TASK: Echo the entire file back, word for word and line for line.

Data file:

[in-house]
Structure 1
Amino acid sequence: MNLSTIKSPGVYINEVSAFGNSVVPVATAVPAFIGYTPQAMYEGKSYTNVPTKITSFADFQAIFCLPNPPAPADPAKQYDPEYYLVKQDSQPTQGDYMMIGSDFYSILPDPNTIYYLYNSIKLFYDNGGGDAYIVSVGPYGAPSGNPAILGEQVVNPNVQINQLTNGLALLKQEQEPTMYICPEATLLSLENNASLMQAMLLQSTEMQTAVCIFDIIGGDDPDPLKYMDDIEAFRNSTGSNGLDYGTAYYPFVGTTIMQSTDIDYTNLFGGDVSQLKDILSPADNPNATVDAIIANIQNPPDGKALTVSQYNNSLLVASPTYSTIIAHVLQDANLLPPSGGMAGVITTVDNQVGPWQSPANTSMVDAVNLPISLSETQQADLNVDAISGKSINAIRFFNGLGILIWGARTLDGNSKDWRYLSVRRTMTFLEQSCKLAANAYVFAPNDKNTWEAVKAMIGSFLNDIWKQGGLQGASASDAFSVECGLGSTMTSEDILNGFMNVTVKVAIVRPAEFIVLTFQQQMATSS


[in-house]
Structure 1
Amino acid sequence: MNLSTIKSPGVYINEVSAFGNSVVPVATAVPAFIGYTPQAMYEGKSYTNVPTKITSFADFQAIFCLPNPPAPADPAKQYDPEYYLVKQDSQPTQGDYMMIGSDFYSILPDPNTIYYLYNSIKLFYDNGGGDAYIVSVGPYGAPSGNPAILGEQVVNPNVQINQLTNGLALLKQEQEPTMYICPEATLLSLENNASLMQAMLLQSTEMQTAVCIFDIIGGDDPDPLKYMDDIEAFRNSTGSNGLDYGTAYYPFVGTTIMQSTDIDYTNLFGGDVSQLKDILSPADNPNATVDAIIANIQNPPDGKALTVSQYNNSLLVASPTYSTIIAHVLQDANLLPPSGGMAGVITTVDNQVGPWQSPANTSMVDAVNLPISLSETQQADLNVDAISGKSINAIRFFNGLGILIWGARTLDGNSKDWRYLSVRRTMTFLEQSCKLAANAYVFAPNDKNTWEAVKAMIGSFLNDIWKQGGLQGASASDAFSVECGLGSTMTSEDILNGFMNVTVKVAIVRPAEFIVLTFQQQMATSS